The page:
Bundle warmly against the winter chill; you can start observing as soon as darkness falls on the evening of Dec. 13 as Gemini starts coming up above the eastern horizon and continue through the rest of the night. Around 2 a.m. when Gemini is almost directly overhead, you might see as many as two meteor sightings per minute … 120 per hour! And the moon is new, meaning that it will not be a factor at all.
Dec. 25: Christmas evening and Jupiter
On Christmas, many will be looking skyward and wondering what that brilliant silvery “star” is hovering just above the waxing gibbous moon. It’s not a star (or Santa returning to the North Pole), but the largest planet in our solar system, Jupiter, serving as a sort of holiday ornament with our nearest neighbor in space to cap off a year of interesting and predictable sky events that we all can enjoy!
Whether you are new to star gazing or your a veteran star gazer, this list is a good starting place to map out your star gazing schedule for the year 2012. There should be some awesome star gazing events for 2012. I personally cannot wait to see what wonders that Mother Nature and the Universe have in store for us!
Perhaps you were one of the lucky star gazers who received a new telescope for Christmas? Or maybe you found a great deal at one of the after Christmas sales? Either way, I’m sure you are anxious to get started star gazing with your new telescope? Especially if you are new to telescopes, you’ll be looking for some guidance. Well, we found a great article to help you get started.
As the gift-giving season comes to an end, maybe now you’ve got a shiny new telescope to call your own. Congratulations — you’re on your way to discovering many amazing things in the night sky. Be it a long, sleek tube or a compact marvel of computerized wizardry, every new telescope surely has an owner itching to try it out.
“Here are two important tips,” advises Robert Naeye, editor in chief of Sky & Telescope magazine. “First, set up your scope indoors and make sure you understand how everything works before you take it out into the night.” Trying to figure out unfamiliar knobs and settings in the dark and cold is no fun. Second,” he adds, “be patient. Spend time with each sky object you’re able to find, and really get to know it.” Too many first-time telescope users expect Hubble-like brightness and color in the eyepiece — when in fact most astronomical objects are very dim to the human eye. And our night vision sees almost everything as shades of gray. Much of what the universe has to offer is subtle, and of course extremely distant.
On the other hand, the Moon and planets and bright and easy to find. These make excellent first targets for budding skywatchers. Here are some suggestions for getting the best possible views of them.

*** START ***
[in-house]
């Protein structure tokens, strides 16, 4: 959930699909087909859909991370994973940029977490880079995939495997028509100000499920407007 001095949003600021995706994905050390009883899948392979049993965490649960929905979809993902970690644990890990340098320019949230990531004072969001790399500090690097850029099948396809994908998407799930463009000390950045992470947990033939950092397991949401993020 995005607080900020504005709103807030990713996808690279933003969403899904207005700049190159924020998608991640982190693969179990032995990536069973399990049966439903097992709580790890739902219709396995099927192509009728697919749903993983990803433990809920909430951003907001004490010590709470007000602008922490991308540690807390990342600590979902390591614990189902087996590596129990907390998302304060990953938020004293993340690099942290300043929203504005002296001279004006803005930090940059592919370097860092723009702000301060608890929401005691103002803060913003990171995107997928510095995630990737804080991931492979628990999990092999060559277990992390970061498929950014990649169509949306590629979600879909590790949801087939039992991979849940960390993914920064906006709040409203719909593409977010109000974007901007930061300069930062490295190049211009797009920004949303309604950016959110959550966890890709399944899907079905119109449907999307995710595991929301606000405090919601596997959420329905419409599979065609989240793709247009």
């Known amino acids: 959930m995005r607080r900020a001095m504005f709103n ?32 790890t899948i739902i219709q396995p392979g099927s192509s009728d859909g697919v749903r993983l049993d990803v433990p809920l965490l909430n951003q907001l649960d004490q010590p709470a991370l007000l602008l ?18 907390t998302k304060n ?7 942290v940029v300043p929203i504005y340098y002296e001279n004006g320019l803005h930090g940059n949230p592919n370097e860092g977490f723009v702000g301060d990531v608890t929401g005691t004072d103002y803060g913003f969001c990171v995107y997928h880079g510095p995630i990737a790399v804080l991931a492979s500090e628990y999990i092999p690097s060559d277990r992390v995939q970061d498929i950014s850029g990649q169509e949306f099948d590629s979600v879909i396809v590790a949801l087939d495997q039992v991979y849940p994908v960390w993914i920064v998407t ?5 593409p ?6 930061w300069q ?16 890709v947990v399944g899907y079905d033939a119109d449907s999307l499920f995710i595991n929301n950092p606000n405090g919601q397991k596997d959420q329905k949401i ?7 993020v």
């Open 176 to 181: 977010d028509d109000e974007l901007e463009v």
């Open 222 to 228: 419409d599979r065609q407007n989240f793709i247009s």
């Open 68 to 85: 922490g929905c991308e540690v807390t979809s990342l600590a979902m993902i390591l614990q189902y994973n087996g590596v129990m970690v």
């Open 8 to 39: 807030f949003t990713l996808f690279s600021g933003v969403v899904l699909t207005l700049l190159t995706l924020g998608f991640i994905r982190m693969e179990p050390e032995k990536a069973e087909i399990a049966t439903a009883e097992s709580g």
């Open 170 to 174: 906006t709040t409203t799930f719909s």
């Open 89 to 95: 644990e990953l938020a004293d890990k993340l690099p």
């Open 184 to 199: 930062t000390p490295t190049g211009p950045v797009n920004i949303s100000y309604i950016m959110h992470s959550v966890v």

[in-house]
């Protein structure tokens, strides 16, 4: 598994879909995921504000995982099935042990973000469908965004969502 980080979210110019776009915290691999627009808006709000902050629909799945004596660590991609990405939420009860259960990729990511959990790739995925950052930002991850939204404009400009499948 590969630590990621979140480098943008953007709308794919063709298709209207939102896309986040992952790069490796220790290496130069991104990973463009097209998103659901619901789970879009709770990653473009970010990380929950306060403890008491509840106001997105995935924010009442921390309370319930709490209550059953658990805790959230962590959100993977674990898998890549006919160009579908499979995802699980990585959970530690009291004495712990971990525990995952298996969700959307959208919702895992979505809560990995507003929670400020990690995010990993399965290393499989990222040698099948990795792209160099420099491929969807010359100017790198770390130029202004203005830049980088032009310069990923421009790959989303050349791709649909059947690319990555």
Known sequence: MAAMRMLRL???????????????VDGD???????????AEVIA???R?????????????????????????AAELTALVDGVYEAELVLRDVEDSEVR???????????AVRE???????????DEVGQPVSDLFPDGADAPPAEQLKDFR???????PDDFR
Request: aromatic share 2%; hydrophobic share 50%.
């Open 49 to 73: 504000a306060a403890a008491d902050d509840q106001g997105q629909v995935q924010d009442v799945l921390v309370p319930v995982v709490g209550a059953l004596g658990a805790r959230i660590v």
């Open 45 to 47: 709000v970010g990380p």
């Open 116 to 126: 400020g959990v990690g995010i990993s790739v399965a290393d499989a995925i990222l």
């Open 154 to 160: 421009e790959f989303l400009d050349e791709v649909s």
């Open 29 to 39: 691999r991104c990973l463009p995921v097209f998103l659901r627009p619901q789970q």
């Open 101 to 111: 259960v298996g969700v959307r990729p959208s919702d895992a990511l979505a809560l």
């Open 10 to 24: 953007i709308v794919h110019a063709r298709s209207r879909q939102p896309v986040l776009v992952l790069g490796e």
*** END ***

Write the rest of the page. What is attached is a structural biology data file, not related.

Viewing the Moon
The Moon is one celestial object that never fails to impress when seen in a telescope. It’s our nearest neighbor in space — big, bright, beautifully bleak, and just a quarter million miles away. This makes the Moon a wonderful target for even the most humble astronomical instrument. An amateur telescope can keep you busy on the Moon forever.
During the first week of January 2012 the Moon is excellently placed in the evening sky. Use your telescope to explore the thousands of impact craters and the dark lunar “seas,” vast lava plains that formed billions of years ago. The craters will appear in sharpest relief along the line dividing lunar day and night, called the terminator. Here the sunlight comes in at a low slant and shadows stand out starkly.
For guided tours of lunar features to seek out with your new telescope, see our online articles Take a Moonwalk Tonight and A Month of Moonwatching.
Venus and Jupiter
As soon as the Sun sets, you’ll see a dazzlingly bright “star” in the southwest. That’s the planet Venus, our closest planetary neighbor. If you point your telescope its way, you’ll see a small but brilliant, nearly round dot. It might not look like much now, because the planet is on the far side of the Sun from us and roughly 120 million miles away. But keep an eye on that little disk! Week by week, as Venus swings around in its faster orbit and comes closer to Earth, it’ll grow larger and change shape from gibbous to half-lit to crescent. Like the Moon, Venus displays a full cycle of phases. This is what convinced Galileo that Venus orbits the Sun, not Earth!
Now swing your gaze off to the left, and you’ll see bright Jupiter shining higher in the southeast. This giant planet outshines every star or planet in the night except Venus. “Jupiter is the king of the planets and the most interesting for a small telescope,” says veteran observer Alan MacRobert, a senior editor at Sky & Telescope. “It’s big, it’s bright, it has cloud belts, and it has moons that do interesting things.”
Even at 50× or 100×, you should be able to make out two dusky tan bands girding Jupiter’s midsection. These equatorial “belts” and the bright “zone” between them are cloud features akin to jet streams high in the Jovian atmosphere. (Jupiter is a gas giant with no solid surface.) At this time last year the southern belt was practically invisible, because some mysterious process in the planet’s atmosphere caused it to disappear. Now it’s back in full view, appearing wider than the northern belt.
Larger telescopes — those whose main mirror or lens is at least 6 inches across — may bring a few more belts and zones into view, along with an assortment of spots and streaks. The famous Great Red Spot, a huge cyclonic storm larger than Earth, is actually rather pale orange-tan now and can be easily overlooked. Jupiter rotates in just under 10 hours (causing its globe to bulge out visibly at the equator), and the Red Spot is easiest to see when this fast rotation carries it across the middle of Jupiter’s disk. You can find the times when this happens using our online app.